Using and making compost benefits the entire planet. Here’s how composting protects the environment as it nurtures our gardens.
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Environmental Benefits of Composting
Some composting benefits are well known: the practice keeps stuff out of landfills, which are rapidly reaching capacity across North America; it promotes healthy plants; and it reduces the use of pesticides, fungicides and fertilizers, many of which can be harmful to the environment (and to the fish, animals and humans that live in it.)
But composting can help the environment in a number of less obvious ways. Fertilizers, a major source of water pollution, bind to compost in soil, preventing them from leaching into groundwater or waterways. Some of the micro-organisms in compost can also bind heavy metals in soil, again keeping them from leaching into water. Other micro-organisms can actually break down some pollutants into less toxic chemicals. Compost is now frequently used to help remediate (or decontaminate) polluted sites.
Convert kitchen, yard and garden waste into soil-nourishing organic matter with our backyard tested composting bins and supplies. Decreasing household waste and building your soil has never been so easy!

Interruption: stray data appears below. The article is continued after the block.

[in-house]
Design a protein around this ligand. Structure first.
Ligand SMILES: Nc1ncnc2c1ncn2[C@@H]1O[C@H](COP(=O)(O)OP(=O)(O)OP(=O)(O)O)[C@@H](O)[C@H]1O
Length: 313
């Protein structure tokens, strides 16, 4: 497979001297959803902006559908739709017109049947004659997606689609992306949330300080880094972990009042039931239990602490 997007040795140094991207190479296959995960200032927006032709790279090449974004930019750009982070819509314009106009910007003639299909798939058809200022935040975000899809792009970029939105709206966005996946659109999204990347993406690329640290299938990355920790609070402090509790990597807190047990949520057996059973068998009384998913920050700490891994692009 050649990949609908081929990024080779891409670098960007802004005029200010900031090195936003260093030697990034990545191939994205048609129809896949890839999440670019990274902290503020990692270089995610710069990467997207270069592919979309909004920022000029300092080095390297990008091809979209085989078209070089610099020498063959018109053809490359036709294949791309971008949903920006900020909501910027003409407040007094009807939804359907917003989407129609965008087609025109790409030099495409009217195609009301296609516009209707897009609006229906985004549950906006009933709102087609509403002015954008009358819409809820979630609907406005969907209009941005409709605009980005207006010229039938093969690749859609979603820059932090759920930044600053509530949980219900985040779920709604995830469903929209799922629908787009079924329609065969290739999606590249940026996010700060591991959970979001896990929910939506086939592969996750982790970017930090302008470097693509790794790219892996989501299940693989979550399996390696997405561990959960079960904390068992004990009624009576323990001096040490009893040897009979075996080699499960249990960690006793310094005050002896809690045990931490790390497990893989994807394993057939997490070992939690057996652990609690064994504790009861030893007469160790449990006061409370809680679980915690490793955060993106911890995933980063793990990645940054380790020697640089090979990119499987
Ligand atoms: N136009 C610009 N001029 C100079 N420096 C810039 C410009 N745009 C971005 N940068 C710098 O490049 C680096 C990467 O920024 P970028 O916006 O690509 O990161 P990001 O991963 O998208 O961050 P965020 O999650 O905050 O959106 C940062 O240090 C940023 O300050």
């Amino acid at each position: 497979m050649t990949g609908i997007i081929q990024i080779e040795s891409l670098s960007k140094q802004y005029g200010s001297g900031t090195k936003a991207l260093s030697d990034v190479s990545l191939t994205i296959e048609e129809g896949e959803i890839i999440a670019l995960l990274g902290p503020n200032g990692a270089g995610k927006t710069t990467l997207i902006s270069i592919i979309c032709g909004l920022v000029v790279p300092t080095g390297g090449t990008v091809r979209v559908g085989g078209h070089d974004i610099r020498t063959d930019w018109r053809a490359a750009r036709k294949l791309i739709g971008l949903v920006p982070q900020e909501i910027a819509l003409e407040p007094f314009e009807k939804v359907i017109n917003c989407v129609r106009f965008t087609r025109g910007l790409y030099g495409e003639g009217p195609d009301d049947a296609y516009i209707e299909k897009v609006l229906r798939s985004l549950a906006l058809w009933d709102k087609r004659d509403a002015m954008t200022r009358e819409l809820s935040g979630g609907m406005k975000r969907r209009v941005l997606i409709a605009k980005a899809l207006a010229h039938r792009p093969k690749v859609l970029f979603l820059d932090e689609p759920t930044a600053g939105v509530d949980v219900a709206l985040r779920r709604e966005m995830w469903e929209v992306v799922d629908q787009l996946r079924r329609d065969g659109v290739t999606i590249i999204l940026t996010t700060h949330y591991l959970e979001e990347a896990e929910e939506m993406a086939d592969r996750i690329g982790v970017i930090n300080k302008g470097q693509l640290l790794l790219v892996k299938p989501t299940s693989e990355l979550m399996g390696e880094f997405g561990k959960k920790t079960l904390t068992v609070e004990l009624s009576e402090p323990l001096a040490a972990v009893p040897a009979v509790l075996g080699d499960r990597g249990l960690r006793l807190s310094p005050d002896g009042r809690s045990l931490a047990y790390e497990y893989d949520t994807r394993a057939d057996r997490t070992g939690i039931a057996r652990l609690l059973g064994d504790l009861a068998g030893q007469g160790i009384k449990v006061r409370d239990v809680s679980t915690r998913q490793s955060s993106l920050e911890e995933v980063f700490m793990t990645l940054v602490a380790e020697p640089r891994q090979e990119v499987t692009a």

On a slightly bigger scale…
More and more cities, towns, universities, farms and schools are composting what used to be thrown away. These composting facilities often dwarf backyard operations. The photo below shows a worm bin at Southern Illinois University, where two million worms dine on cafeteria waste including milk cartons and napkins.
Troughs of hungry redworms feast on university leftovers as part of SIUC’s vermicomposting project. Source: “Vermicomposting Center” Southern Illinois University – Carbondale.
Can O Worms
A quick, odorless and space efficient way to recycle scraps and peelings -- year round!
Tumbleweed (58 gal.)
Specifically designed to maximize the process with a minimal amount of effort.